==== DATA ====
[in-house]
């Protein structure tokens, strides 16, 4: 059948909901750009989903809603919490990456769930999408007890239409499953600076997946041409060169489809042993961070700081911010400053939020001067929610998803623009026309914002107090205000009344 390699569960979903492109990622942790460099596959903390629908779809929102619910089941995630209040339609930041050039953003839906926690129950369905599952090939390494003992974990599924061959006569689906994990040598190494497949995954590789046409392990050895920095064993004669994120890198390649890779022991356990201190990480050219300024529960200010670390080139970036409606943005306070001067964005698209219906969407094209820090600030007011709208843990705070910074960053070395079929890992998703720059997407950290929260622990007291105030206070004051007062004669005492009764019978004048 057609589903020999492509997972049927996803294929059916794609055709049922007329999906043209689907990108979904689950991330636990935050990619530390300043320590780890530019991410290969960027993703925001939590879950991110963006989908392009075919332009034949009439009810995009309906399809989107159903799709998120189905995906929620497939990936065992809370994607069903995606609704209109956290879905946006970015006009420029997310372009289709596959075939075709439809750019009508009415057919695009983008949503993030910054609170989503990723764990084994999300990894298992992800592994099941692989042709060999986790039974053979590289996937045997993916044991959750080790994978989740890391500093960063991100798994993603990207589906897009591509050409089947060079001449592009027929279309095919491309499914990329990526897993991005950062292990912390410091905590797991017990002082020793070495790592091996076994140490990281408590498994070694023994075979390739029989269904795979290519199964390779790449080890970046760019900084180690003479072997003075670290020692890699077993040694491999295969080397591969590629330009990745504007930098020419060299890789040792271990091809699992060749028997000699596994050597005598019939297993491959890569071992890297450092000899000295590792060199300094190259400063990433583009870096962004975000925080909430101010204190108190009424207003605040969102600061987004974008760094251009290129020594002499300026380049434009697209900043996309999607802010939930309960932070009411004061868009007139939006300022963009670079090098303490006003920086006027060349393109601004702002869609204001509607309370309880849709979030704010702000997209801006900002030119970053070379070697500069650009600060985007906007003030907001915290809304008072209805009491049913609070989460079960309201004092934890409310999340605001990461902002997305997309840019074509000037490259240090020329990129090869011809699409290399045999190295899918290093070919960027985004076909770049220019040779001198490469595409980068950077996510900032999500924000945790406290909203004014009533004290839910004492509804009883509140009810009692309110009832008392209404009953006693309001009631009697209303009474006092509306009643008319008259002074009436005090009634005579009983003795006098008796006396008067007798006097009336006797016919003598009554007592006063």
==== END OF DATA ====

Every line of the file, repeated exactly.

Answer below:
[in-house]
């Protein structure tokens, strides 16, 4: 059948909901750009989903809603919490990456769930999408007890239409499953600076997946041409060169489809042993961070700081911010400053939020001067929610998803623009026309914002107090205000009344 390699569960979903492109990622942790460099596959903390629908779809929102619910089941995630209040339609930041050039953003839906926690129950369905599952090939390494003992974990599924061959006569689906994990040598190494497949995954590789046409392990050895920095064993004669994120890198390649890779022991356990201190990480050219300024529960200010670390080139970036409606943005306070001067964005698209219906969407094209820090600030007011709208843990705070910074960053070395079929890992998703720059997407950290929260622990007291105030206070004051007062004669005492009764019978004048 057609589903020999492509997972049927996803294929059916794609055709049922007329999906043209689907990108979904689950991330636990935050990619530390300043320590780890530019991410290969960027993703925001939590879950991110963006989908392009075919332009034949009439009810995009309906399809989107159903799709998120189905995906929620497939990936065992809370994607069903995606609704209109956290879905946006970015006009420029997310372009289709596959075939075709439809750019009508009415057919695009983008949503993030910054609170989503990723764990084994999300990894298992992800592994099941692989042709060999986790039974053979590289996937045997993916044991959750080790994978989740890391500093960063991100798994993603990207589906897009591509050409089947060079001449592009027929279309095919491309499914990329990526897993991005950062292990912390410091905590797991017990002082020793070495790592091996076994140490990281408590498994070694023994075979390739029989269904795979290519199964390779790449080890970046760019900084180690003479072997003075670290020692890699077993040694491999295969080397591969590629330009990745504007930098020419060299890789040792271990091809699992060749028997000699596994050597005598019939297993491959890569071992890297450092000899000295590792060199300094190259400063990433583009870096962004975000925080909430101010204190108190009424207003605040969102600061987004974008760094251009290129020594002499300026380049434009697209900043996309999607802010939930309960932070009411004061868009007139939006300022963009670079090098303490006003920086006027060349393109601004702002869609204001509607309370309880849709979030704010702000997209801006900002030119970053070379070697500069650009600060985007906007003030907001915290809304008072209805009491049913609070989460079960309201004092934890409310999340605001990461902002997305997309840019074509000037490259240090020329990129090869011809699409290399045999190295899918290093070919960027985004076909770049220019040779001198490469595409980068950077996510900032999500924000945790406290909203004014009533004290839910004492509804009883509140009810009692309110009832008392209404009953006693309001009631009697209303009474006092509306009643008319008259002074009436005090009634005579009983003795006098008796006396008067007798006097009336006797016919003598009554007592006063």